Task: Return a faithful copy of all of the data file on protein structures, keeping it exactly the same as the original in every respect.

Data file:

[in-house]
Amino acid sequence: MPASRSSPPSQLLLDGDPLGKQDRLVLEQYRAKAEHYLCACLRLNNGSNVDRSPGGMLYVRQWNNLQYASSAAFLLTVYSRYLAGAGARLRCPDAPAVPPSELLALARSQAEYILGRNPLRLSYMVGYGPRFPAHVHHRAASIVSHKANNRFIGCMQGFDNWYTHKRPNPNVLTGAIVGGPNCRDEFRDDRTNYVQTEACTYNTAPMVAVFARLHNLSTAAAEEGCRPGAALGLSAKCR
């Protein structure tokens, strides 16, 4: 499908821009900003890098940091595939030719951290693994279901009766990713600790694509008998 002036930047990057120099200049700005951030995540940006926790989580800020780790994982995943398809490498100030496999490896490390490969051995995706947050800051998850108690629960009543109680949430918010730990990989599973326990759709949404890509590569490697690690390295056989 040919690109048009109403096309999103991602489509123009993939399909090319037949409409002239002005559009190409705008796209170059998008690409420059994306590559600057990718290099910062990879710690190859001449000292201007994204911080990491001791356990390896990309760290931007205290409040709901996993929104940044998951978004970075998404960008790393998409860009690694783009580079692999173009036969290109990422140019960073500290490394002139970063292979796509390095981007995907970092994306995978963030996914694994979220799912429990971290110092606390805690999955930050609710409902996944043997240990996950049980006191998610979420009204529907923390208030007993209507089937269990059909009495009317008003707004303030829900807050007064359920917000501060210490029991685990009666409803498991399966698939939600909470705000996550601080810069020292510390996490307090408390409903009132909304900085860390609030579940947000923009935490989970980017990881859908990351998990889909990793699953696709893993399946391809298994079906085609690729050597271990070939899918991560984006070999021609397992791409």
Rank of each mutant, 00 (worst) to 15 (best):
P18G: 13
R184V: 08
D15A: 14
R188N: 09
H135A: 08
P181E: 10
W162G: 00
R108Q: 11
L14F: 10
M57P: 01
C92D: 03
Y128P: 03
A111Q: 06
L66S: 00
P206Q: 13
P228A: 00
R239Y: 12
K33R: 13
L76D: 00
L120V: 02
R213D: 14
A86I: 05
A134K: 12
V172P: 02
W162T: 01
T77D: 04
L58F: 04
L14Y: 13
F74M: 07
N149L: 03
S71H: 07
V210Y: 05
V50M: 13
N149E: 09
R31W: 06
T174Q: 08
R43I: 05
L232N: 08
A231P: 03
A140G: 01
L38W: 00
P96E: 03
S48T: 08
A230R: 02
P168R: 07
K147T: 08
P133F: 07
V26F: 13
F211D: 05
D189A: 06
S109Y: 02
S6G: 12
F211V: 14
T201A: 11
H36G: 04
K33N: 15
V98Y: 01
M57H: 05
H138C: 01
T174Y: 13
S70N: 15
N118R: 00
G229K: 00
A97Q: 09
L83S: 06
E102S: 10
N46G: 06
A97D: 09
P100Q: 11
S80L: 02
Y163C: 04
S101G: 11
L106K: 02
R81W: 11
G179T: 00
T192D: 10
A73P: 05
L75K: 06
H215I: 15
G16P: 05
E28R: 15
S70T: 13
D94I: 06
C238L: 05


[in-house]
Amino acid sequence: MPASRSSPPSQLLLDGDPLGKQDRLVLEQYRAKAEHYLCACLRLNNGSNVDRSPGGMLYVRQWNNLQYASSAAFLLTVYSRYLAGAGARLRCPDAPAVPPSELLALARSQAEYILGRNPLRLSYMVGYGPRFPAHVHHRAASIVSHKANNRFIGCMQGFDNWYTHKRPNPNVLTGAIVGGPNCRDEFRDDRTNYVQTEACTYNTAPMVAVFARLHNLSTAAAEEGCRPGAALGLSAKCR
């Protein structure tokens, strides 16, 4: 499908821009900003890098940091595939030719951290693994279901009766990713600790694509008998 002036930047990057120099200049700005951030995540940006926790989580800020780790994982995943398809490498100030496999490896490390490969051995995706947050800051998850108690629960009543109680949430918010730990990989599973326990759709949404890509590569490697690690390295056989 040919690109048009109403096309999103991602489509123009993939399909090319037949409409002239002005559009190409705008796209170059998008690409420059994306590559600057990718290099910062990879710690190859001449000292201007994204911080990491001791356990390896990309760290931007205290409040709901996993929104940044998951978004970075998404960008790393998409860009690694783009580079692999173009036969290109990422140019960073500290490394002139970063292979796509390095981007995907970092994306995978963030996914694994979220799912429990971290110092606390805690999955930050609710409902996944043997240990996950049980006191998610979420009204529907923390208030007993209507089937269990059909009495009317008003707004303030829900807050007064359920917000501060210490029991685990009666409803498991399966698939939600909470705000996550601080810069020292510390996490307090408390409903009132909304900085860390609030579940947000923009935490989970980017990881859908990351998990889909990793699953696709893993399946391809298994079906085609690729050597271990070939899918991560984006070999021609397992791409």
Rank of each mutant, 00 (worst) to 15 (best):
P18G: 13
R184V: 08
D15A: 14
R188N: 09
H135A: 08
P181E: 10
W162G: 00
R108Q: 11
L14F: 10
M57P: 01
C92D: 03
Y128P: 03
A111Q: 06
L66S: 00
P206Q: 13
P228A: 00
R239Y: 12
K33R: 13
L76D: 00
L120V: 02
R213D: 14
A86I: 05
A134K: 12
V172P: 02
W162T: 01
T77D: 04
L58F: 04
L14Y: 13
F74M: 07
N149L: 03
S71H: 07
V210Y: 05
V50M: 13
N149E: 09
R31W: 06
T174Q: 08
R43I: 05
L232N: 08
A231P: 03
A140G: 01
L38W: 00
P96E: 03
S48T: 08
A230R: 02
P168R: 07
K147T: 08
P133F: 07
V26F: 13
F211D: 05
D189A: 06
S109Y: 02
S6G: 12
F211V: 14
T201A: 11
H36G: 04
K33N: 15
V98Y: 01
M57H: 05
H138C: 01
T174Y: 13
S70N: 15
N118R: 00
G229K: 00
A97Q: 09
L83S: 06
E102S: 10
N46G: 06
A97D: 09
P100Q: 11
S80L: 02
Y163C: 04
S101G: 11
L106K: 02
R81W: 11
G179T: 00
T192D: 10
A73P: 05
L75K: 06
H215I: 15
G16P: 05
E28R: 15
S70T: 13
D94I: 06
C238L: 05